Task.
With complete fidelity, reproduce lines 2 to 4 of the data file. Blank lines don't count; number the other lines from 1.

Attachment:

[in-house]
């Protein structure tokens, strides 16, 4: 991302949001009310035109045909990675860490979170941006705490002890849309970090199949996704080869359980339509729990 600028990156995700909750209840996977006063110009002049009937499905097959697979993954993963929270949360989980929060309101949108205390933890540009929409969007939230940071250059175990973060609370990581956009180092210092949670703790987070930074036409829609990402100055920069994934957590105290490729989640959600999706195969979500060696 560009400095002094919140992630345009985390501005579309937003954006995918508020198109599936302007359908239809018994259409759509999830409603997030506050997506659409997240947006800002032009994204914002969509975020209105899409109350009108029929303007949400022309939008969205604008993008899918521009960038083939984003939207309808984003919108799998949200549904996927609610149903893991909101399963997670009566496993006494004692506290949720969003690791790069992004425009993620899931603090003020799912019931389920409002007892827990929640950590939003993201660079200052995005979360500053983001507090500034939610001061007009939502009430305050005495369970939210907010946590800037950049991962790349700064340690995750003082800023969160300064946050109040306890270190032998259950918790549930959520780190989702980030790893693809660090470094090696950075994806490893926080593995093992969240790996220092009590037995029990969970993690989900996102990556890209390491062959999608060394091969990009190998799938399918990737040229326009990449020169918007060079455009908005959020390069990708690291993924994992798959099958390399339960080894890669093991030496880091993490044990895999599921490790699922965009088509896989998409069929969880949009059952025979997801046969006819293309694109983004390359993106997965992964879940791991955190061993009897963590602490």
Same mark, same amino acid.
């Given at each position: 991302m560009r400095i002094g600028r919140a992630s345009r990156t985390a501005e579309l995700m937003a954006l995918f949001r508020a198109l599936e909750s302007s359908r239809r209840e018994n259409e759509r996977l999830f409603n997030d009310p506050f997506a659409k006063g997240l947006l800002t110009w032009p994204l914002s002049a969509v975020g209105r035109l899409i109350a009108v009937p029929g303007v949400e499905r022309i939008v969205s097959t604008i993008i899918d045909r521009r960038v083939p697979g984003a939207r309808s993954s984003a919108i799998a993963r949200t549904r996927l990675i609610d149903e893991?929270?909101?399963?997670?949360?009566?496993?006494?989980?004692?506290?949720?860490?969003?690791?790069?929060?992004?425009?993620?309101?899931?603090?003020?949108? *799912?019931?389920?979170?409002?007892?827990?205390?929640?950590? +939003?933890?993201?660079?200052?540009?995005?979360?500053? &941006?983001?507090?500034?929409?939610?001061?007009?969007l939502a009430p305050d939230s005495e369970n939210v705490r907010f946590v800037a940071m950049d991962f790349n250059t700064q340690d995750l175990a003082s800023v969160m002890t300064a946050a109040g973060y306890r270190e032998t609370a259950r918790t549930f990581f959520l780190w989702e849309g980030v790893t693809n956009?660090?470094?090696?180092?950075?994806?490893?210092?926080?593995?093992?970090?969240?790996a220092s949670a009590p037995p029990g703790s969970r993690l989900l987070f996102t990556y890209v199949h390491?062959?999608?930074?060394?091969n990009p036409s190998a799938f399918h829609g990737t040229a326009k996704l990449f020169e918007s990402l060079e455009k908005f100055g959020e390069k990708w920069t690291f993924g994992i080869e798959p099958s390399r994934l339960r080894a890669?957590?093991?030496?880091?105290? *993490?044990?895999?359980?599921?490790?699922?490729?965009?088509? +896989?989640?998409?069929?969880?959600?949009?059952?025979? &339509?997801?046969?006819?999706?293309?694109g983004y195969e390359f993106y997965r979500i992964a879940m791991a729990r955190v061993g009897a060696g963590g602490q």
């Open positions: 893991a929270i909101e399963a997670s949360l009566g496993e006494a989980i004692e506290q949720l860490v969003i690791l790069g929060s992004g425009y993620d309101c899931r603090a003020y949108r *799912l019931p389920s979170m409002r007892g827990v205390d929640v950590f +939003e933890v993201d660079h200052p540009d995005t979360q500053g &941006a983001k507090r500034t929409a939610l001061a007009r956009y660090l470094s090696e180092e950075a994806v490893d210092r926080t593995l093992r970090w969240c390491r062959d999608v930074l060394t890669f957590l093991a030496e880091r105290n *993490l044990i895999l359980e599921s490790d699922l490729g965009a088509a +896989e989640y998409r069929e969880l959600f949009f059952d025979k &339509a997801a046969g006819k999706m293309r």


């Protein structure tokens, strides 16, 4: 991302949001009310035109045909990675860490979170941006705490002890849309970090199949996704080869359980339509729990 600028990156995700909750209840996977006063110009002049009937499905097959697979993954993963929270949360989980929060309101949108205390933890540009929409969007939230940071250059175990973060609370990581956009180092210092949670703790987070930074036409829609990402100055920069994934957590105290490729989640959600999706195969979500060696 560009400095002094919140992630345009985390501005579309937003954006995918508020198109599936302007359908239809018994259409759509999830409603997030506050997506659409997240947006800002032009994204914002969509975020209105899409109350009108029929303007949400022309939008969205604008993008899918521009960038083939984003939207309808984003919108799998949200549904996927609610149903893991909101399963997670009566496993006494004692506290949720969003690791790069992004425009993620899931603090003020799912019931389920409002007892827990929640950590939003993201660079200052995005979360500053983001507090500034939610001061007009939502009430305050005495369970939210907010946590800037950049991962790349700064340690995750003082800023969160300064946050109040306890270190032998259950918790549930959520780190989702980030790893693809660090470094090696950075994806490893926080593995093992969240790996220092009590037995029990969970993690989900996102990556890209390491062959999608060394091969990009190998799938399918990737040229326009990449020169918007060079455009908005959020390069990708690291993924994992798959099958390399339960080894890669093991030496880091993490044990895999599921490790699922965009088509896989998409069929969880949009059952025979997801046969006819293309694109983004390359993106997965992964879940791991955190061993009897963590602490």
Same mark, same amino acid.
């Given at each position: 991302m560009r400095i002094g600028r919140a992630s345009r990156t985390a501005e579309l995700m937003a954006l995918f949001r508020a198109l599936e909750s302007s359908r239809r209840e018994n259409e759509r996977l999830f409603n997030d009310p506050f997506a659409k006063g997240l947006l800002t110009w032009p994204l914002s002049a969509v975020g209105r035109l899409i109350a009108v009937p029929g303007v949400e499905r022309i939008v969205s097959t604008i993008i899918d045909r521009r960038v083939p697979g984003a939207r309808s993954s984003a919108i799998a993963r949200t549904r996927l990675i609610d149903e893991?929270?909101?399963?997670?949360?009566?496993?006494?989980?004692?506290?949720?860490?969003?690791?790069?929060?992004?425009?993620?309101?899931?603090?003020?949108? *799912?019931?389920?979170?409002?007892?827990?205390?929640?950590? +939003?933890?993201?660079?200052?540009?995005?979360?500053? &941006?983001?507090?500034?929409?939610?001061?007009?969007l939502a009430p305050d939230s005495e369970n939210v705490r907010f946590v800037a940071m950049d991962f790349n250059t700064q340690d995750l175990a003082s800023v969160m002890t300064a946050a109040g973060y306890r270190e032998t609370a259950r918790t549930f990581f959520l780190w989702e849309g980030v790893t693809n956009?660090?470094?090696?180092?950075?994806?490893?210092?926080?593995?093992?970090?969240?790996a220092s949670a009590p037995p029990g703790s969970r993690l989900l987070f996102t990556y890209v199949h390491?062959?999608?930074?060394?091969n990009p036409s190998a799938f399918h829609g990737t040229a326009k996704l990449f020169e918007s990402l060079e455009k908005f100055g959020e390069k990708w920069t690291f993924g994992i080869e798959p099958s390399r994934l339960r080894a890669?957590?093991?030496?880091?105290? *993490?044990?895999?359980?599921?490790?699922?490729?965009?088509? +896989?989640?998409?069929?969880?959600?949009?059952?025979? &339509?997801?046969?006819?999706?293309?694109g983004y195969e390359f993106y997965r979500i992964a879940m791991a729990r955190v061993g009897a060696g963590g602490q």